How Tanzania enhances connectivity

  • Samia asks Africa governments to embrace private enterprises

MARRAKECH : PRESIDENT Samia Suluhu Hassan has outlined various measures Tanzania is taking to address the challenge of connectivity and promote economic growth, including investing heavily in road construction.

The Tanzanian leader said that connectivity is a major challenge in Africa, thus the continent should invest a lot to address the gap.

“The government of Tanzania has invested a lot in connecting the country with its eight road accessible countries including Zambia, Mozambique, Malawi among others.” President Samia said here yesterday at the Africa Investment Forum.

The forum is organised by the Pan-African lender African Development Bank (AfDB) and other multilateral financial institutions. This year’s theme is “Unlocking Africa’s Value Chains”.

President Samia said roads, railways and waterways are critical in moving goods and people across the continent and outlined Tanzania’s plan to connect East, Central and Southern Africa.

She said Tanzania is dealing with connectivity through working with all eight neighbouring countries.

Dr Samia said the country also uses marine transport through its various ports such as Dar es Salam Port, which she said is a major gateway to Eastern and Central Africa.

Others are Tanga Port which gives access to the Northern part of Tanzania and to the neighbouring countries and  Mtwara Port, which is opening the Southern Corridor of Tanzania going to Malawi as well as Zanzibar Port.

She said Tanzania also has inland ports such as Mwanza Port in Lake Victoria as well as Kigoma Port in Lake Tanganyika.

“Kigoma Port can take you to the Democratic Republic of Congo (DRC) easily…so we are working on all this connectivity. We also have railway networks which connect the ports,” said Dr Samia.

She mentioned the railways found in the country as northern railway, central railway, noting that plans are under way to construct new railways.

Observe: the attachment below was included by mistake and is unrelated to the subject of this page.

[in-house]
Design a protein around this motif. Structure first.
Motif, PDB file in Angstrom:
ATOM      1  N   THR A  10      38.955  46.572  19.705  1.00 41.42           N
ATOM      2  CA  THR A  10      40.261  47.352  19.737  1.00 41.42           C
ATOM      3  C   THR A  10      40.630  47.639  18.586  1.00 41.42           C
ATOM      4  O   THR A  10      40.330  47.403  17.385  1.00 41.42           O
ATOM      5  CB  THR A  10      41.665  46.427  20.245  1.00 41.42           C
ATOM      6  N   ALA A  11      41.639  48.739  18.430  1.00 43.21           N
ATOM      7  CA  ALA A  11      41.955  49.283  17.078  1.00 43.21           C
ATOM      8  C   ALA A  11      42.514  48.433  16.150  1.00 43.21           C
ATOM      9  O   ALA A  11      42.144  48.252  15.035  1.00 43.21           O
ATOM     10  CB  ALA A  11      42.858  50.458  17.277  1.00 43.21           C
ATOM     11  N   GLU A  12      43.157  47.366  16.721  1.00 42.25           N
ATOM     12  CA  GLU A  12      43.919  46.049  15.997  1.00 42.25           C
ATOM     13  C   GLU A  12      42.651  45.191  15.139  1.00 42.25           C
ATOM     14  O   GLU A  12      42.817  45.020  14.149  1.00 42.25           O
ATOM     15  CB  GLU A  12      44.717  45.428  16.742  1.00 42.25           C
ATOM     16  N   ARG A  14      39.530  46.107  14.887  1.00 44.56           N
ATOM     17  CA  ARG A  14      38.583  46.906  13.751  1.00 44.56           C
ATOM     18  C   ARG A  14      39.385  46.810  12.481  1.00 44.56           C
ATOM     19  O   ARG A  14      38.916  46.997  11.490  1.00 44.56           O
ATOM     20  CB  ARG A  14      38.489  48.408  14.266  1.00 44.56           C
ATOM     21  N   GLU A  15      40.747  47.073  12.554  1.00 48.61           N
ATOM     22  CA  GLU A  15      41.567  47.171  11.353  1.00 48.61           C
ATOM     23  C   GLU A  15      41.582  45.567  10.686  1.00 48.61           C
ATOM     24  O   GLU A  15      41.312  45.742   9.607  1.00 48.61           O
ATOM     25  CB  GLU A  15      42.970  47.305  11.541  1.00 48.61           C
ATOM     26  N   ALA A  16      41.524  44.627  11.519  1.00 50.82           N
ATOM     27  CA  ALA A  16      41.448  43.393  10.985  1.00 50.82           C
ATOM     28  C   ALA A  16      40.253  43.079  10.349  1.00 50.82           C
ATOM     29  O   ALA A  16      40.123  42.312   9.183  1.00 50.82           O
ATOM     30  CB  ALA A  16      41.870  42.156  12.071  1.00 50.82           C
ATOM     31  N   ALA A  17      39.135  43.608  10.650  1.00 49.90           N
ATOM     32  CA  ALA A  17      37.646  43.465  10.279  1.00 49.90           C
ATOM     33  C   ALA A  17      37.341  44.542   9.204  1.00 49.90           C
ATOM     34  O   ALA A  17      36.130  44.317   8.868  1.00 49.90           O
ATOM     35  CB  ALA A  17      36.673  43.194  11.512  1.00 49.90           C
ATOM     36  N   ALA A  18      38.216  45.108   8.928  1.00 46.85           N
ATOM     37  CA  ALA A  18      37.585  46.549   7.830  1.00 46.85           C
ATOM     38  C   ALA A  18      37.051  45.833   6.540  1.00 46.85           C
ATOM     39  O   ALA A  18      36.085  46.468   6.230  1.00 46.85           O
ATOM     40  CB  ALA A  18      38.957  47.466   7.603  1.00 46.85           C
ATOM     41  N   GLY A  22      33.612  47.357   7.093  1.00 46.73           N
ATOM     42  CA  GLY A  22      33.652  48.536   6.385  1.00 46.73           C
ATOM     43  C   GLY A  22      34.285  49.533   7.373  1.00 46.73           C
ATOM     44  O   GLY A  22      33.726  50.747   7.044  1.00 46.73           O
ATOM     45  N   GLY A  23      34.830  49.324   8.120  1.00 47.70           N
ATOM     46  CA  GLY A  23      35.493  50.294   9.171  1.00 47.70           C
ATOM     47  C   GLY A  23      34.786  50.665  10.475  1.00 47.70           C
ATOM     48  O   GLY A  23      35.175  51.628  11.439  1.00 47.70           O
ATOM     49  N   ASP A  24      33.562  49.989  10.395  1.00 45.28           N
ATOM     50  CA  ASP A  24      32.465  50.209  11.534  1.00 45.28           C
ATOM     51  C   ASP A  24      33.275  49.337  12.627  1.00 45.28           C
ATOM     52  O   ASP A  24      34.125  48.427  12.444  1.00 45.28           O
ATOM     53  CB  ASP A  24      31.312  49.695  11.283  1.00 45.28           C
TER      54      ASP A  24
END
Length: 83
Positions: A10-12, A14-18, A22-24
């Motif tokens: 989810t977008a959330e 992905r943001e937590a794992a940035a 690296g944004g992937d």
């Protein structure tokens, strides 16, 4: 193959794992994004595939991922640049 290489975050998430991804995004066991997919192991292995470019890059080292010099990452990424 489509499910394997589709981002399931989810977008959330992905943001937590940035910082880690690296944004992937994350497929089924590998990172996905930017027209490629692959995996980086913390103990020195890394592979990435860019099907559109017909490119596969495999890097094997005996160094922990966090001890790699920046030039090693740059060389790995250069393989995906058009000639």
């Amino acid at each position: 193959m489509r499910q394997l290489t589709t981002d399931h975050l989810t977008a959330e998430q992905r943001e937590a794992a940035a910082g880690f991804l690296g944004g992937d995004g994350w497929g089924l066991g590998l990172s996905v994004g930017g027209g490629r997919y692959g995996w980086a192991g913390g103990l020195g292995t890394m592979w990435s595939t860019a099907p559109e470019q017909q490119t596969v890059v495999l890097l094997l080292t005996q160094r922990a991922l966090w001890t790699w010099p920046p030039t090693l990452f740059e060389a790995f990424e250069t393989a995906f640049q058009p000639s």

“The central railway is the upgrading of the Asian railway and we are now constructing Standard Gauge Railway (SGR) which will connect the Dar es Salaam Port to Burundi through the Democratic Republic of Congo (DRC) then Rwanda and  Uganda,” she said.

The Head of State also said that the country is also connected by air, through Air Tanzania which is currently transporting people and goods to the neighbouring countries and even outside Africa.

“So that is how we are connected,” she said, adding that Tanzania is endowed with varieties of minerals for technology intensive industry.

“Tanzania has cobalt, graphite, we have lithium and many others as well as energy sources, such as gas, solar and hydro power. What Tanzania can do now, is to invest and make sure that we have enough power,” she said.

She revealed further that the country boasts arable land for agriculture and has invested heavily in human capital development and modernisation of its economy.

“Technology and digital innovation have been given priority. We have established several startups for the youth for them to be able to engage in various sectors such as innovation,” she added.

Dr Samia also acknowledged the critical role of the private sector in the growth of the continent’s economies and asked governments to embrace private enterprises.

“We are working with the private sector. We have created a favourable environment for the sector to thrive in our country,” said the president.

For his side, the President of African Development Bank Group and Chairperson of Africa Investment Forum, Dr Akinwumi Adesina said that Africa’s economy witnessed a GDP growth of 3.8 per cent in 2022, higher than the World average of 3.5 per cent.

Dr Adesina said that pre-pandemic top performing African countries are projected to be back in the league of 10 fastest-growing economies in 2023/2024.

He also expressed his optimism that Africa’s population will reach 2.5 billion by 2050 equivalent to 25 per cent of the global population.

“What we already know is the world is becoming more African for the huge population of 477 million people between the ages of 15 and 25. Africa will be a key for supplying global labour force,” he said

Moreover, he said Africa’s food and Agriculture market will be worth one trillion US dollars by 2030, adding that the African Continental Free Trade Area (AfCFTA) presents a consolidated market size of 3.4 trillion US dollars.

Rwandan Prime Minister Edouard Ngirente, who was also on the panel, called for resource cooperation and action for Africa to realise its development goals.

“The president of Tanzania mentioned the connectivity issue, which is very important because the connectivity facilitates not only the movement of goods but also people. African countries need to cooperate and work together for action because we already know the problem,” he said.

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